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Court: Air conditioning not necessary in hot prison

In a ruling that could have implications for similar lawsuits in Texas, a federal appeals court ruled Wednesday that Louisiana doesn’t have to install air conditioning to protect death row inmates from extreme summer heat.

The 5th U.S. Circuit Court of Appeals said a district judge overstepped his authority when he ordered Louisiana prison officials to keep the heat index below 88 degrees — effectively ordering them to install air conditioning in a unit where temperatures topped 100 degrees seven times during a three-week period in summer 2013.

However, the appeals court ruling explicitly stated that extreme temperatures in prison cells can violate the Eighth Amendment’s restriction on cruel and unusual punishment.

“The Constitution does not mandate comfortable prisons, but neither does it permit inhumane ones,” Judge Edith Jones wrote for the three-judge appellate panel.

What’s more, the federal court said inmates don’t need to show that hot temperatures caused death or serious injuries to prove that prison conditions are unconstitutional.

“They need only show that there is a substantial risk of serious harm,” Jones wrote.

The ruling by the 5th Circuit, which also has jurisdiction over Texas, could prove important for similar legal challenges in the Lone Star State — particularly a lawsuit scheduled to go to trial in February that claims at least 12 Texas prisoners have died from heat stroke since 2011, while hundreds of others experienced heat-related illnesses.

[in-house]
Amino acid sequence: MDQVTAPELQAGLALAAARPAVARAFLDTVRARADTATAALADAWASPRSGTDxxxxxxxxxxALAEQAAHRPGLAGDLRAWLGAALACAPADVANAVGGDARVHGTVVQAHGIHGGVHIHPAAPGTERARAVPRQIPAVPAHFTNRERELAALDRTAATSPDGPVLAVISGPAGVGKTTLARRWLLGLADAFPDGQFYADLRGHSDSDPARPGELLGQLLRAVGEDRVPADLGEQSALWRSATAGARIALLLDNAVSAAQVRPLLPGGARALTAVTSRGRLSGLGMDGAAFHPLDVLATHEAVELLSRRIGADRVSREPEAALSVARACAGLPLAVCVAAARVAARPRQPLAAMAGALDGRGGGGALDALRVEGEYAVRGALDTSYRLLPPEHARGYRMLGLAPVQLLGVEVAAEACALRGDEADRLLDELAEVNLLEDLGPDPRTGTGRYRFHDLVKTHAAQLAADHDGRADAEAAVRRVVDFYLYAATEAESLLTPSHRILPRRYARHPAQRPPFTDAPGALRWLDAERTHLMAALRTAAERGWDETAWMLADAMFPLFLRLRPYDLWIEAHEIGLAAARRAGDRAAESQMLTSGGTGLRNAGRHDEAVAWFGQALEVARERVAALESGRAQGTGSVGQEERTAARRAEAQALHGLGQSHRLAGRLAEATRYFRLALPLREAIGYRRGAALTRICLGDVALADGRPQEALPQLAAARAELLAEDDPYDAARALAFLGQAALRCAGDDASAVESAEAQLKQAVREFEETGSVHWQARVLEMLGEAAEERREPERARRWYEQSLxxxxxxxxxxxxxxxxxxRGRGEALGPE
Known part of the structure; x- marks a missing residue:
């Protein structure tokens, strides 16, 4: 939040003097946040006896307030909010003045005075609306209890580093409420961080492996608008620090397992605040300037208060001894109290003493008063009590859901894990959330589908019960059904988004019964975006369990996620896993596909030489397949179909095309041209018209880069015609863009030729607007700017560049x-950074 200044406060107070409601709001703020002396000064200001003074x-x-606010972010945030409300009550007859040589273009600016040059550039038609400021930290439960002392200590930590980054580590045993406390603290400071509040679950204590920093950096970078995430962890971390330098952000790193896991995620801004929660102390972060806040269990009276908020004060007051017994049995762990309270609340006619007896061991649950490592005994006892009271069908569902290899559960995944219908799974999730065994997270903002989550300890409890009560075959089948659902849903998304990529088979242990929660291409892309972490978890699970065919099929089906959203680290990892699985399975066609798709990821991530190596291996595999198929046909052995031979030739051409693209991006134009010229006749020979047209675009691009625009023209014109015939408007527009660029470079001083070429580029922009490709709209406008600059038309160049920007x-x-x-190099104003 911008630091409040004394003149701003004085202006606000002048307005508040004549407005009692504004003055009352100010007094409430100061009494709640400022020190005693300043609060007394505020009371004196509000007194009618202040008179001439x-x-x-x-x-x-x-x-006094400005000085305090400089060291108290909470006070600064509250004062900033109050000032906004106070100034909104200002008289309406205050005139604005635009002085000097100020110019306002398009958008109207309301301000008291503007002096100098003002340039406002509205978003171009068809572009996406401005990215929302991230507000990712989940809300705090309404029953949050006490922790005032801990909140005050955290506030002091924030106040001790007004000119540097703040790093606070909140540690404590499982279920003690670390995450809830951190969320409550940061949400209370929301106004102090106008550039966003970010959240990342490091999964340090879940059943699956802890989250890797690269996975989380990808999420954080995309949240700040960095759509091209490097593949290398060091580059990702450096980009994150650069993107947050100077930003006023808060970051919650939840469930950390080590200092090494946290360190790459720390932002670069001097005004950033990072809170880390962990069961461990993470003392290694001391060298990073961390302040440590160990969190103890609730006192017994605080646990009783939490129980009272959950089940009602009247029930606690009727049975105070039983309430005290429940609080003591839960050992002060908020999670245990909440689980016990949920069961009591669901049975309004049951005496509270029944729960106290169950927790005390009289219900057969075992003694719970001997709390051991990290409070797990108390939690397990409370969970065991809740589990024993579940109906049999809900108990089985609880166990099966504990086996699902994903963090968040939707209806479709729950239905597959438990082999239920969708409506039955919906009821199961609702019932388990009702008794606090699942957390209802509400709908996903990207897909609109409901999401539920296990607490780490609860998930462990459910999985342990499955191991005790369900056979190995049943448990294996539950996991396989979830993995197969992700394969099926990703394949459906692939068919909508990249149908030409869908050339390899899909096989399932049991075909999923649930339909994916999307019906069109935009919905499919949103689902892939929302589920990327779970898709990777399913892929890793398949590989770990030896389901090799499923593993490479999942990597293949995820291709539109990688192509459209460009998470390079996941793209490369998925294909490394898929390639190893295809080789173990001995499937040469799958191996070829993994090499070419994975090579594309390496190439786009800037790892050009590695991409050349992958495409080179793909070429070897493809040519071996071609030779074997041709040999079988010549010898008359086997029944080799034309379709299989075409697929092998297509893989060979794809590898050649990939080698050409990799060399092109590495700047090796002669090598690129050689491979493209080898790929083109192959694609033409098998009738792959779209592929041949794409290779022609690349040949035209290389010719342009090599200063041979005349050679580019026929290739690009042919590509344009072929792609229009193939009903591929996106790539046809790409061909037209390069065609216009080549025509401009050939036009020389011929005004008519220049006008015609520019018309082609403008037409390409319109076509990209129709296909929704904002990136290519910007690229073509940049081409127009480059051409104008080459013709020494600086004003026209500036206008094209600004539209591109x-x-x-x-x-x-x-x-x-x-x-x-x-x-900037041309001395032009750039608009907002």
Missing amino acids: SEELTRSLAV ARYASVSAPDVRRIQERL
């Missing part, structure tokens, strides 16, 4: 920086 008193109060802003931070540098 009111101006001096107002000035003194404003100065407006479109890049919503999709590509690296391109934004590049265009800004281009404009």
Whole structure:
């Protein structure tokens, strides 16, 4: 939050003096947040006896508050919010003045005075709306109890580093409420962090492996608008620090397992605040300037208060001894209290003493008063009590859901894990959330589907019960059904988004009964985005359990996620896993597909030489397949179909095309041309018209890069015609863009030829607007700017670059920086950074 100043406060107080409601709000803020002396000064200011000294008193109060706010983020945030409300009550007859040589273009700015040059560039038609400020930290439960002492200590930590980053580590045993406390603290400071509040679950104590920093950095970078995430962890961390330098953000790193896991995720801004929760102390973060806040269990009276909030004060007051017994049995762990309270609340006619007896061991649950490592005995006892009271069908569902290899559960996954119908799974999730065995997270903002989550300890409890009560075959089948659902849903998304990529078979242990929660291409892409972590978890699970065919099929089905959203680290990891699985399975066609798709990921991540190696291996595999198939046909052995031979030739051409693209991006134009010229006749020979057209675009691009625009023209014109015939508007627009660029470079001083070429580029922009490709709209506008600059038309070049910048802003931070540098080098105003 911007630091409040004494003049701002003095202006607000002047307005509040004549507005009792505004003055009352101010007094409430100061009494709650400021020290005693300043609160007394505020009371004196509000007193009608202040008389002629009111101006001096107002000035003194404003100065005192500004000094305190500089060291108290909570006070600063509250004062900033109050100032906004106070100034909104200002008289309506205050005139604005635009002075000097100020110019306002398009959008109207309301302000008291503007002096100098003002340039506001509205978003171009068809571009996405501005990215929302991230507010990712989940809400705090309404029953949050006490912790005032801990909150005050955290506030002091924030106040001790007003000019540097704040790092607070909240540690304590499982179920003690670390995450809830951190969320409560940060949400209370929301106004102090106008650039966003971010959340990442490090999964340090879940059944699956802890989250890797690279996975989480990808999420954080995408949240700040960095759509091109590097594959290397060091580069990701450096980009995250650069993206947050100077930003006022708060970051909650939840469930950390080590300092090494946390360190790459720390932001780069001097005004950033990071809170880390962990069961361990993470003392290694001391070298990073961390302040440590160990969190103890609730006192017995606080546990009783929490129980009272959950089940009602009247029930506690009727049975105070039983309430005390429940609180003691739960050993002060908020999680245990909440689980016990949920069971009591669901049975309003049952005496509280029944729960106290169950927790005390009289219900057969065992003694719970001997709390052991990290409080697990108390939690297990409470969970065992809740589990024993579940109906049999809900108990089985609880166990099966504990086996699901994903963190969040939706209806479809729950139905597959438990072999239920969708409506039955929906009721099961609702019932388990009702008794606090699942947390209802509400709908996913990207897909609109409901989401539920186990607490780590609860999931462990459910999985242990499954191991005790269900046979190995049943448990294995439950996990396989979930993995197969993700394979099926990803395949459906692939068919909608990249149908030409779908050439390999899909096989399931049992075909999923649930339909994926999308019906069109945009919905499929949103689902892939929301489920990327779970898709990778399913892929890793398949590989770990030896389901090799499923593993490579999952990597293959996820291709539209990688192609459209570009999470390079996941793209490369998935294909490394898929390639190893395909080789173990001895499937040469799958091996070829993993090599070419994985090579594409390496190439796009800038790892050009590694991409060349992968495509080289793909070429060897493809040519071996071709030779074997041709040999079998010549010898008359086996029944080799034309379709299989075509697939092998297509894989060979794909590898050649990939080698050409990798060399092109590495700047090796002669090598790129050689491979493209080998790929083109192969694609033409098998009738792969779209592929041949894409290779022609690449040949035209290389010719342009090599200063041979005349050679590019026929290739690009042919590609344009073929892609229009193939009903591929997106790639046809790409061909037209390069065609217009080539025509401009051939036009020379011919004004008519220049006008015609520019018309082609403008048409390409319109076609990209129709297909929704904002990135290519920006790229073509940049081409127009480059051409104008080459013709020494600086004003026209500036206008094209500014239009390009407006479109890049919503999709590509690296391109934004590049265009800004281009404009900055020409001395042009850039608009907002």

The lawsuit was filed on behalf of seven inmates in the Wallace Pack Unit, a medical and geriatric prison about five miles south of Navasota in Grimes County.

According to the lawsuit, temperatures routinely top 100 degrees in the unit’s housing areas, “threatening the health and welfare of all inmates living there, especially the elderly, sick and disabled.”

Jeff Edwards, an Austin lawyer who filed the lawsuit, said a hearing will be held this fall on whether to grant class-action status allowing the lawsuit to represent all inmates in the Pack Unit.

“That way, at least everyone at the Pack Unit — hopefully — would be protected from hot temperatures,” Edwards said. “As a consequence, our hope is the Texas Department of Criminal Justice would read the writing on the wall and adopt more systemwide measures” to cool prisons statewide.

The state prison agency has argued that it takes adequate precautions to protect inmates from extreme heat, including allowing prisoners to have fans, wear shorts, take frequent water breaks and take additional showers when feasible. In addition, outside activity is restricted and ice is provided if available.

Air conditioning would be an unnecessary and expensive solution, prison officials say.

Wednesday’s appeals court decision said Louisiana prisons could avoid heat-related cruel and unusual punishment by cooling common areas and supplying personal ice containers and ample cold water, as well as by providing many of the solutions used in Texas prisons.

The 2013 order by Chief U.S. District Judge Brian Jackson to provide air conditioning was “unnecessary to correct the Eighth Amendment violation,” Jones wrote.

Inmates “can only obtain a remedy that reduces the risk of harm to a socially acceptable level,” she wrote. “Some risk is permissible and perhaps unavoidable.”

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